Mar 12, 2009

Is it alright to say "We" when talking about your team?

Some guy named Kent made a post on some website about how fans should never, ever, under any circumstances, say "we" when referring to their favorite football team.

Sometimes, the things people say make you WANT to agree with this guy. For example, hearing Tech fans say, "We finally beat you! WE have bragging rights!" I just want to say, "Actually, you didn't. The football team you root for beat the football team I root for. I don't see why I personally should be embarrassed about that." (and I'm not)

But then, on the other hand, everyone knows that no sport exists without the fans, especially college football. College football is built around universities, places where thousands of students pay money to be members, where faculty and staff work to be members. It's a large network of interconnected people, all PART of the school in some way or another, even from the newest freshman to the president of the administration.

And then of course we have the donors, the life-long supporters and fans who, even if they never attended the university in any way, do give their money, time, and cheers to help the school, program, and team carry on, hire/pay coaches, staff, and scholarships for players. And the sports teams, like our Georgia Bulldogs, are a part of the university as well. In other words, anyone associated with the whole thing in any way, can technically refer to it as a collective "WE."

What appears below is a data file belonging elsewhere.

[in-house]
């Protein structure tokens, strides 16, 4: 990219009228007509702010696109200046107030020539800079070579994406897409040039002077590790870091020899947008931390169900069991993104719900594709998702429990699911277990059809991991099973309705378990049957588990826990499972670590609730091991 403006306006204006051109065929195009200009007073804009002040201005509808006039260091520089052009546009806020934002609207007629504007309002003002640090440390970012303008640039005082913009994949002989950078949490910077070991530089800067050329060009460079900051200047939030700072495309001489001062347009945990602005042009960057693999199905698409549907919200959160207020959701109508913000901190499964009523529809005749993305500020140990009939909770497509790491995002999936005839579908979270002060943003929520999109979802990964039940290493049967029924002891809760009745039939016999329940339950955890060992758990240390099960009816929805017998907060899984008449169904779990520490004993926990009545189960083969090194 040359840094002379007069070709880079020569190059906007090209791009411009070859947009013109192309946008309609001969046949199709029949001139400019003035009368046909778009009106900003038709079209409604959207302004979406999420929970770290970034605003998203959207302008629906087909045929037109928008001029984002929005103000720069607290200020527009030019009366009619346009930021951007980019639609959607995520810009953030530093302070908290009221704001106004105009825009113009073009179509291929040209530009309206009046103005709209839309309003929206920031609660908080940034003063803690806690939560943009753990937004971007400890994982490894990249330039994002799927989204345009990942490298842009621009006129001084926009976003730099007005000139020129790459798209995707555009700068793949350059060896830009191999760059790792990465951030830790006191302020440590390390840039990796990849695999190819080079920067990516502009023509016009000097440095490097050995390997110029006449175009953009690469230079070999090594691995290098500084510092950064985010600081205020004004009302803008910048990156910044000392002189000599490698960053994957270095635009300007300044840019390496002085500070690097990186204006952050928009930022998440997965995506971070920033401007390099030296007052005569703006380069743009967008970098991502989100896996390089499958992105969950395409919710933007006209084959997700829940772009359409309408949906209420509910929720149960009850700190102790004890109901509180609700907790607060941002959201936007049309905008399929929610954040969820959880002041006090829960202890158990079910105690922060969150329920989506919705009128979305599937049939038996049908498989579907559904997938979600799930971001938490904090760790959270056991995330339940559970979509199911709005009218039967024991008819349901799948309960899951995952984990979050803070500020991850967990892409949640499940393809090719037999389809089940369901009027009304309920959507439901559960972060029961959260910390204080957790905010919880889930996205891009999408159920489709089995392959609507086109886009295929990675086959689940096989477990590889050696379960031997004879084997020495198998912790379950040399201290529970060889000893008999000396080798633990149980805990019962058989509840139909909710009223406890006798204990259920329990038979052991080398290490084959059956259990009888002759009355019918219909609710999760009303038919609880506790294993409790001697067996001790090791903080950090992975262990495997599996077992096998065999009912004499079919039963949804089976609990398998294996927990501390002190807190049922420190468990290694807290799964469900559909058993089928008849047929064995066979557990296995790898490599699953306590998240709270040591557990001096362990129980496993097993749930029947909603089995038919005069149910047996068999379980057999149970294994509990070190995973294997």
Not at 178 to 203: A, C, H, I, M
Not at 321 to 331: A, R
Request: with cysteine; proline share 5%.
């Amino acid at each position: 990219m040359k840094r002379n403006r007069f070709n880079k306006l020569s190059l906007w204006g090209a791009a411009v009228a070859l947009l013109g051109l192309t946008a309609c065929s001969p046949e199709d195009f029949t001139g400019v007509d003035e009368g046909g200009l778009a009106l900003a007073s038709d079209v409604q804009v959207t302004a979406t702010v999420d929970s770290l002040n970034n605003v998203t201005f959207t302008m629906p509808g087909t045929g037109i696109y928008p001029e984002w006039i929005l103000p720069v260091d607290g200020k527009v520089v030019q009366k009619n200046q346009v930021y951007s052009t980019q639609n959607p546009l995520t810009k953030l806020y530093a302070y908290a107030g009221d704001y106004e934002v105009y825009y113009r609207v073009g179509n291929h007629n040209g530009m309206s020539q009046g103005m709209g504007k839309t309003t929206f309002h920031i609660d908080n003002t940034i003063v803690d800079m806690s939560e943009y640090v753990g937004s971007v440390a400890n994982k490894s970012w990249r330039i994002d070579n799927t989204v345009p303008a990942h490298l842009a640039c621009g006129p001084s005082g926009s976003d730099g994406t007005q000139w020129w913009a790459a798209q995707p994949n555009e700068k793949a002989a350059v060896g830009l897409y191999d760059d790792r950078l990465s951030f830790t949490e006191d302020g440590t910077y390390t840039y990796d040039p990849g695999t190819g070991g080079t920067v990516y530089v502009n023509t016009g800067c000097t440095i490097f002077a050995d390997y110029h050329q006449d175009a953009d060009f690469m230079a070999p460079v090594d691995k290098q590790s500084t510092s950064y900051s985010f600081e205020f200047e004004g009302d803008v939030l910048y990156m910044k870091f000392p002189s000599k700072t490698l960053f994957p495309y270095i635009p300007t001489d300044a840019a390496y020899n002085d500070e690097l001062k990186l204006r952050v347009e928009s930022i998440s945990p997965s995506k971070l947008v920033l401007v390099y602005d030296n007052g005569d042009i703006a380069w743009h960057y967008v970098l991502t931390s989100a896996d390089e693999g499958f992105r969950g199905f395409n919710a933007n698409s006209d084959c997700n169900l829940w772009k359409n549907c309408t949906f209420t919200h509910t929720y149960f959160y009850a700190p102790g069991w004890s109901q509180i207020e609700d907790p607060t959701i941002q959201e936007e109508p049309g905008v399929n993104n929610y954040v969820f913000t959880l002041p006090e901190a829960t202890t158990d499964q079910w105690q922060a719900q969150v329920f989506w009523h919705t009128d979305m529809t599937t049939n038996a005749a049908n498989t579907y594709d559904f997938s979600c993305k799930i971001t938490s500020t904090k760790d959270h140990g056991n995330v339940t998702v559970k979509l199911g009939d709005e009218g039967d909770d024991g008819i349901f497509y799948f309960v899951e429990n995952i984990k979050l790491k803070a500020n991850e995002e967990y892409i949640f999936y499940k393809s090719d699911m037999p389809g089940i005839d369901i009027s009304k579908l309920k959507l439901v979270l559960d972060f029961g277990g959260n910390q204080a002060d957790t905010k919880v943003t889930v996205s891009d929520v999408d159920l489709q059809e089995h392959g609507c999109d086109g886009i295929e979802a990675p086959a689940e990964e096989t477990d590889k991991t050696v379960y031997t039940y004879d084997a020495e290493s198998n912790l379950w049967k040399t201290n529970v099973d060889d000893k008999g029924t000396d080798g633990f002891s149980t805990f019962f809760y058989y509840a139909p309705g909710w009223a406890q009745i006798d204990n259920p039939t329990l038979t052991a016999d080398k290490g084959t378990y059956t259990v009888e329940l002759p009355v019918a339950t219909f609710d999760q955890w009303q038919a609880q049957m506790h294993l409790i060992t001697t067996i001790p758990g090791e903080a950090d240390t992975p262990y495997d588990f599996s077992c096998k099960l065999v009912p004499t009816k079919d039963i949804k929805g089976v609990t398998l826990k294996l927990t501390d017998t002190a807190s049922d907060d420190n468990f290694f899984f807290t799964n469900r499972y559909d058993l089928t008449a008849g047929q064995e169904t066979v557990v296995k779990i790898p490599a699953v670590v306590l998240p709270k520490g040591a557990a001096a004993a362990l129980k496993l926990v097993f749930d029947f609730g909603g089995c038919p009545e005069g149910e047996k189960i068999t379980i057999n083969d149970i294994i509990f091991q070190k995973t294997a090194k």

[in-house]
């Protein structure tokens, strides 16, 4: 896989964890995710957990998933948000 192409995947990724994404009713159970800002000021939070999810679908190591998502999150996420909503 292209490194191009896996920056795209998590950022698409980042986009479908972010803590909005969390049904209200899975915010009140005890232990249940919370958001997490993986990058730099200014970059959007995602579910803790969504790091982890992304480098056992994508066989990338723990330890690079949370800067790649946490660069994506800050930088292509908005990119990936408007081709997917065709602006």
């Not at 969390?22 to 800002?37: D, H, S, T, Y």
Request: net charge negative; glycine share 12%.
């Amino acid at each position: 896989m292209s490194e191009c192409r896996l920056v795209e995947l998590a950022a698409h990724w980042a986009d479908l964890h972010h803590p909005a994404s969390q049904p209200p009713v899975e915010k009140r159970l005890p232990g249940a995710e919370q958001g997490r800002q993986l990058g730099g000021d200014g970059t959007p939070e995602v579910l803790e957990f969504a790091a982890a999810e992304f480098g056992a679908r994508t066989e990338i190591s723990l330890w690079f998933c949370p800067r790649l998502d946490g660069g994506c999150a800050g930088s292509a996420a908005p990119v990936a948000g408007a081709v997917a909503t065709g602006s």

All of these people give SOMETHING to the University in SOME WAY to support it, which in turn helps the sports teams, and thus our football team. Without the students, faculty, staff, and donors, our university wouldn't exist, and clearly that would mean no football. Without money, UGA's athletic association wouldn't be able to hire coaches, provide scholarships for players, build and maintain stadiums, or keep grass on the field.

Finally, being part of the "we" can have a much more direct effect, in my opinion. Everyone knows how much crowd noise can affect the players on the field, and thus the events of the game. If you go out by Sanford Stadium in the fall during the week, you can hear extremely loud cheering and drums coming from the stadium, even when no fans are there. Why? Because our coaches know how important crowd noise is, and they simulate the sounds of a game while the players practice to help them adjust.

Imagine being a quarterback for a college football team, coming out onto a field surrounded by 93,000 people who are screaming at the top of their lungs against you, and you're trying to stay calm and make good decisions.

The fans, especially at their home games, certainly DO make a difference in games.

So in conclusion, if you have never spent a cent on a university or its sports program, if you've never had any official ties to the institution or its sports, and you've never attended a single game, you may look a little stupid calling yourself "we."

But I have a pretty good feeling that those types are few and far between.


1 comment:

  1. I have a slightly different take on this.

    If you are going to say "we" you have to do so in good times and in bad and you always have to give credit to the players even when saying "we" Some of these jort-wearing rednecks in the south think they accomplished something when a game is won. "We" is a privilege of including yourself vicariously in the success of others. Boasting about this is an absurdity. Further, you should be able to say "we" lost...not just crap like the team let us down (which would be separating yourself from the players when the going gets rough). It seems like common sense but far too many people (mostly bandwagoners) violate these simple rules of fandom.